No pain, no gain. Dieting and marketing actually have a lot of similarities. Primarily, success doesn’t happen overnight; it takes place long-term. Finding out what works for the brand and implementing a plan to do those things is key to good business. Check out some dieting idioms and how they compare to marketing below.

Set Realistic Goals

10-year high school reunion in September? It’s the end of the summer, so it’s unlikely you’ll be able to drop 50 pounds. 5 pounds? That sounds like a realistic, achievable goal. Same goes for marketing strategy. Your brand won’t achieve 100k new follows over the next month, but 50-100 is definitely doable. Set goals that the company can realistically reach, then take the steps to make it happen. Shooting high is good, but don’t shoot too high; it’ll become discouraging.

There Are No Shortcuts

Crash diets, dieting supplements, and other shortcuts rarely work, and if they do the weight is likely to come back. Likewise, there are no shortcuts in marketing; your business can’t cheat its way to success. Take a simple example, buying followers on Instagram. Sure, follower count will be bolstered, but are they active? Are they engaging with the business? Engagement is a key factor to social media success and without it, what’s the point? Further, earning a photo in the “Top Posts” of a hashtag or location tag requires high levels of engagement portionate to follower count, so boosting followers without new engagement actually hurts the likelihood that the business will earn a “Top Post,” and, accordingly, discovery by relevant potential followers. It goes beyond Instagram: buying lists, flooding the interwebs with links to boost SEO, the list is endless. Make long-term plans and stick with it; you’ll see gradual, but also reliable, improvement.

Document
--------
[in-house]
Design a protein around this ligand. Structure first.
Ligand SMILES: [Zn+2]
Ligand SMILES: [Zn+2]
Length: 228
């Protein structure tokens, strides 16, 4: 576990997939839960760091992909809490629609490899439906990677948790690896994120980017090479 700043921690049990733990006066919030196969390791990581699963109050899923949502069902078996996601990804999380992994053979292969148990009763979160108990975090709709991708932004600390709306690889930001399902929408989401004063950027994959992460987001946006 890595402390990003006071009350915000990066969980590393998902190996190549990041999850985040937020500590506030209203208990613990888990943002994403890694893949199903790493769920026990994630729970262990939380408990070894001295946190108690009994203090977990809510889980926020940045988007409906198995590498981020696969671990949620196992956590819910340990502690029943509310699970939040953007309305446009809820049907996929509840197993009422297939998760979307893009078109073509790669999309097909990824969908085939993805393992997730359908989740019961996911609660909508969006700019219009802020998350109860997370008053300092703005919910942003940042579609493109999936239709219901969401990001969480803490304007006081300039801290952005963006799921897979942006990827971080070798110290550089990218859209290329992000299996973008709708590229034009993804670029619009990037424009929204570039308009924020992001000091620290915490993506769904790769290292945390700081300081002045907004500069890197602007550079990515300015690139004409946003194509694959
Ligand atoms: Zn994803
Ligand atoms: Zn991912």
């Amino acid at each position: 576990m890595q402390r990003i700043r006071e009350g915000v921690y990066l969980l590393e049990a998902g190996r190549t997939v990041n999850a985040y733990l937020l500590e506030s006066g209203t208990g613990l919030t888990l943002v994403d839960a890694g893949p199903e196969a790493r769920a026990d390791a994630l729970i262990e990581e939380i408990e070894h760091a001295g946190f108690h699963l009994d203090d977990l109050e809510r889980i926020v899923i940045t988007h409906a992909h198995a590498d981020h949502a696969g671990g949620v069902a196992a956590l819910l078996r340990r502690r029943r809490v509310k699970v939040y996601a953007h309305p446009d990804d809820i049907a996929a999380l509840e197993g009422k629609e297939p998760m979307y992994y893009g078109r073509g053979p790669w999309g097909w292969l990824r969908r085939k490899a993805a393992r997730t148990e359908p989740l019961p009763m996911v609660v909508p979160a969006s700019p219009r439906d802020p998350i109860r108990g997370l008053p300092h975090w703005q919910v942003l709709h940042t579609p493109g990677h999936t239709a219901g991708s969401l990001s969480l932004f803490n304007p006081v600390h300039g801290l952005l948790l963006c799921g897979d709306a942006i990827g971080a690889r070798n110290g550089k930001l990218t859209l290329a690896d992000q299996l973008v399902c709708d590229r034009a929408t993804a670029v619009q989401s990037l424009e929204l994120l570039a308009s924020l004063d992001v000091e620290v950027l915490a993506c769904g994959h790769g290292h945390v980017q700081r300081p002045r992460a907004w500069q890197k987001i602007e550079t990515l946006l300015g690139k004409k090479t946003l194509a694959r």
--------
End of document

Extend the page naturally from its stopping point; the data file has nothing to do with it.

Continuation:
Drink Lots of Water

Water is essential not just for dieting, but for, well, life. What’s the lifesource in your marketing tactics? By this, we mean what gets your business the most leads, conversions, etc? Pinpoint this lifesource, and do it, a lot. This will not only help you “lose weight/be successful,” but will improve overall quality of life.

Trim the Fat

Water is clearly necessary, but soda and other unhealthy foods/beverages are not. What’s the excess weight of your strategy – i.e. what’s not working and taking away time from what is? Identify which forms of marketing are ineffective and either cut them back or cut them out altogether. This will leave more time for the important stuff.

Eat a Well-Balanced Diet

Diets need to be well-balanced and include multiple categories of food. While we do suggest cutting out what’s unnecessary and zeroing in on what is, it’s good to include a handful of different strategies in your marketing plan. Think of it like the grains, fruits, veg, etc. of the food pyramid. Some you’ll consume a lot of, some just sparingly, but one category alone is never enough. Same goes for marketing.

Bulk Up

It’s important to not just focus on losing fat, but also gaining muscle. This improves strength and ultimately enables more fat loss. Bulk up on your business’s marketing. Create loads of content for the webpage – videos, blogs, case studies, etc. With these resources, the company will appear more knowledgeable and trustworthy, which will help improve the effectiveness of other marketing tactics. For instance, if someone is wowed by an email and from there clicks on a link to the website, the page will continue the work done by the email – just like muscle working to burn more fat.

It’s Not a Diet – It’s a Lifestyle Change

Plan activities that the business can do often and consistently long-term. Your company can’t just write 20 blogs and post them within a month and stop posting. Your company can, however, write 5 blogs per month, every month. The second one is effective; the first one may be…for the first month. Likewise, cutting a mass amount of calories for a month will not be nearly as effective as cutting back a moderate amount, permanently. Think long-term, rather than short-term; it’s almost always more effective.

What do you compare marketing to? Let us know in the comments below.